Wednesday, July 23, 2014

Slander, Gossip, and Evil Speech About Others -- Exodus 20:16


 “You shall not bear false witness against your neighbor.”
 
Many a man (and woman) has had their lives destroyed because of the false witness that someone else has given about them.  Today, men (and women) are so easily falsely accused of sexual abuse.  Individuals end up in jail for years or for life for all sorts of crime they never committed.  Some even face the death penalty proclaiming their innocence right to the end of their lives.  This is often a result of someone bearing “false witness” against them. 
God is not in the business of destroying lives or having them destroyed.  And for that reason, He gave us the ninth commandment, “You are not to bear false witness against your fellow man or woman.” 
It is important again to see what we can learn about the meaning of the phrase from the literature.  Wikipedia has some interesting thoughts on this:
The Hebrew Bible contains a number prohibitions of false witness, lying, spreading false reports, etc.[9] A charge was established only on the evidence of two or three witnesses[10] In cases where false testimony was suspected, the judges were to make a thorough investigation, and if false testimony were proven, the false witness was to receive the punishment he had intended to bring on the person falsely accused.[11] For example, since murder was a capital crime, giving false testimony in a murder case was subject to the death penalty. Those eager to receive or listen to false testimony were also subject to punishment.[12]  False witness is among the six things God hates, king Solomon says.[13] False testimony is among the things that defile a person, Jesus says. [14]

It appears that the people of Israel took God mostly seriously on this matter, much more so than we often do.  When someone is accused of bearing false witness against another person, most of the time we simply “drop the charges” against whom the false testimony was given rather than take any serious action against the false accuser.  [Compare this to what happened in the story of Queen Esther in the Bible to Haman who wanted Mordecai hung and the Jews annihilated.  When these plans were told to the King through his wife, Esther, Haman got his just desserts.  He himself was hung on the gallows that he had prepared for Mordecai and then Mordecai was given his high position.]  In Christian circles, we may be even less attentive to God’s command and we simply part ways with the false accusers and often bless them in their new ministry.  I am not sure we are doing them any good.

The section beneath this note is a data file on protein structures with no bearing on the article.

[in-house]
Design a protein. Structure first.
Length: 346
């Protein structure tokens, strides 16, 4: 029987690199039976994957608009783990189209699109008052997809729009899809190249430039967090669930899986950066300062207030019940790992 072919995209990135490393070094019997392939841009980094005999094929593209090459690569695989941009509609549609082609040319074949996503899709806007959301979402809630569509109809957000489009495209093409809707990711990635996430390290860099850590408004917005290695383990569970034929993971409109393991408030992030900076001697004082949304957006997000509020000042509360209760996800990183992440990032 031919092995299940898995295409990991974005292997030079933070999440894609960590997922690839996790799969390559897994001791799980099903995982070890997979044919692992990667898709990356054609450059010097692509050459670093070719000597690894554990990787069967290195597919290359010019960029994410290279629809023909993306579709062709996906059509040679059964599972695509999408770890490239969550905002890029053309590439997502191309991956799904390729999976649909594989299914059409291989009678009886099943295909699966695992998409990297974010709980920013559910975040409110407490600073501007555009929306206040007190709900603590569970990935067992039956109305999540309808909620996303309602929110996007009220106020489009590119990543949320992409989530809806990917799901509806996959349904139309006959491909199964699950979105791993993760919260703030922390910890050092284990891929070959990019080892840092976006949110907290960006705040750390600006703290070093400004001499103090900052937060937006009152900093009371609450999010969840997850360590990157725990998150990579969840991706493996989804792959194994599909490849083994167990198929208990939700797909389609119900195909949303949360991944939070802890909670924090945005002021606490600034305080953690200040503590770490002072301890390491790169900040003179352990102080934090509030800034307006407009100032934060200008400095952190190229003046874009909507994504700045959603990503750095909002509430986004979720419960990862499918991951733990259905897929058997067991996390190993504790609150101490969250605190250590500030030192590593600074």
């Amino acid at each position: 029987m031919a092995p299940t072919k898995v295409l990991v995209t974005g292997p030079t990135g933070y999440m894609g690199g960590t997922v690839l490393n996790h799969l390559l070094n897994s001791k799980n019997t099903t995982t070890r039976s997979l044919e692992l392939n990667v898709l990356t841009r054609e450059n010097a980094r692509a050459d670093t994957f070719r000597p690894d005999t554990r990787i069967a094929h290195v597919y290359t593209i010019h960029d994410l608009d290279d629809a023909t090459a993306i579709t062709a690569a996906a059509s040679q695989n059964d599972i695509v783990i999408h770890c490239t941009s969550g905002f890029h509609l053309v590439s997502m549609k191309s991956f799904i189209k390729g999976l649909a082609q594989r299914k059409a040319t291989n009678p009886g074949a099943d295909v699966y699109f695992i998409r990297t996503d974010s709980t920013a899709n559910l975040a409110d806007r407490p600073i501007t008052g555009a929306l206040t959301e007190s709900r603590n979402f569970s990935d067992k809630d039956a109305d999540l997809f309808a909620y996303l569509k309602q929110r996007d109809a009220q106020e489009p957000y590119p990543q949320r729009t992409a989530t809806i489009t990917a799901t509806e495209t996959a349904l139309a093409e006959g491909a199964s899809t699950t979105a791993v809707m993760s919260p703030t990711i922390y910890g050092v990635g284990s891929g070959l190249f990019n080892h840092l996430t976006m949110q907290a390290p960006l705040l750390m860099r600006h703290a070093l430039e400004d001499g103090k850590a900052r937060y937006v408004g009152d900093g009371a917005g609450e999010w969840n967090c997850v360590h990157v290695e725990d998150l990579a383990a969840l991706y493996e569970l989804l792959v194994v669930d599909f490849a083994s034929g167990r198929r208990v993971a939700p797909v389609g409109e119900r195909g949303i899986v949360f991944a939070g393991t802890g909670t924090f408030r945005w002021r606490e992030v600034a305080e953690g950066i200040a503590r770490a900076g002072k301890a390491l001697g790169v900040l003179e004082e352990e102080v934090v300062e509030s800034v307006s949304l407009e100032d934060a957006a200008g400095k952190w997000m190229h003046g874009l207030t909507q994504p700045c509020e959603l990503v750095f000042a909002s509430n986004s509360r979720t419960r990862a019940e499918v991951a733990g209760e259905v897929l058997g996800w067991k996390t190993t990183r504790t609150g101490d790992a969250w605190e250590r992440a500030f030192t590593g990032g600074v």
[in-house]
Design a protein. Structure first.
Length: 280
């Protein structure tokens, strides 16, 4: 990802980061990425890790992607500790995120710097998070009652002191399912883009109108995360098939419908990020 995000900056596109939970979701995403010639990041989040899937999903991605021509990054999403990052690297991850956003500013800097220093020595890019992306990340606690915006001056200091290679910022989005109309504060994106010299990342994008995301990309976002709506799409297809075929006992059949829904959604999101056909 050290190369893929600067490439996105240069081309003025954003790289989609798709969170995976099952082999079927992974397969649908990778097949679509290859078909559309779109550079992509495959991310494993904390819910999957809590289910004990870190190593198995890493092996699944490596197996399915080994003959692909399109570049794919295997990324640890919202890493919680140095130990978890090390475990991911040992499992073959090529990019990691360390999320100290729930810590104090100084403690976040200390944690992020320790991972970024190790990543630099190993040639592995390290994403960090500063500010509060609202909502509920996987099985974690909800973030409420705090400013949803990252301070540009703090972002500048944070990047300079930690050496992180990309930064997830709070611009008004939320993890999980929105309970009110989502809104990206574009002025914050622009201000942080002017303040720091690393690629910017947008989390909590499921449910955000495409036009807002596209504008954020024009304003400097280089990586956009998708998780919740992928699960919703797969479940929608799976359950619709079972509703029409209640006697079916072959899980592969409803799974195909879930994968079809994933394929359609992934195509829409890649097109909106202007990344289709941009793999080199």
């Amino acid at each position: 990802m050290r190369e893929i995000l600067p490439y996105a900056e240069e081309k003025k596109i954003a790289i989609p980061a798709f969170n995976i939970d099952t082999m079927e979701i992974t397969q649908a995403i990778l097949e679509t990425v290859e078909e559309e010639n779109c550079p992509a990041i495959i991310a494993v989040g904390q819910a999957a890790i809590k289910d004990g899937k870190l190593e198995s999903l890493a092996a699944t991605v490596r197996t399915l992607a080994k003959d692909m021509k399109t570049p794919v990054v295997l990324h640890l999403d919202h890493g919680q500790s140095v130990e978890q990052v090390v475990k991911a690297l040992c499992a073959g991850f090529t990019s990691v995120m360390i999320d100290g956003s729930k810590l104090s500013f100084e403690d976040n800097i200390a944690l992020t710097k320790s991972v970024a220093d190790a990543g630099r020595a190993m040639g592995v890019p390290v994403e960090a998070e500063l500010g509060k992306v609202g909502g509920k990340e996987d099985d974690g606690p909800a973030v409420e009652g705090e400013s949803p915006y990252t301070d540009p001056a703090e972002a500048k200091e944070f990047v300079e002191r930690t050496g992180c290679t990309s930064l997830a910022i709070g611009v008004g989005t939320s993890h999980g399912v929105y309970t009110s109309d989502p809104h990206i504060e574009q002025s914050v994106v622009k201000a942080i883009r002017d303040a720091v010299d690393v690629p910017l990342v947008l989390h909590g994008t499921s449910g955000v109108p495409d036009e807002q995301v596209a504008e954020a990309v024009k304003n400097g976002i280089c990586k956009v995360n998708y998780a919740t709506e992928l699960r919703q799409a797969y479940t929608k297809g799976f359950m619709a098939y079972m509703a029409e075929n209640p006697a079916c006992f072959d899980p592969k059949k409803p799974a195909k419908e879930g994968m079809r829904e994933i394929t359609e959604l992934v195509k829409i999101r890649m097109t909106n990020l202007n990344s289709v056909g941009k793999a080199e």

One can also find some interesting thoughts on the topic from “Yahoo Answers” online including:
·      To bear false witness has two meanings, a tight one and a loose one. The tight meaning is as you say to give false testimony against someone in a trial. The looser meaning is more like saying bad things about someone that aren't true, slandering someone.
·      It means to lie.
·      It means to tell a false story, so that someone else may benefit from it that had no right.
·      When you lie, you are saying, "I witnessed it, and I know what truly happened, and here is what happened." Thus, your witness concerning the "whatever" is false; hence, a false witness.
·      To "witness" means to speak the truth.  To give “false witness” is to speak untruth.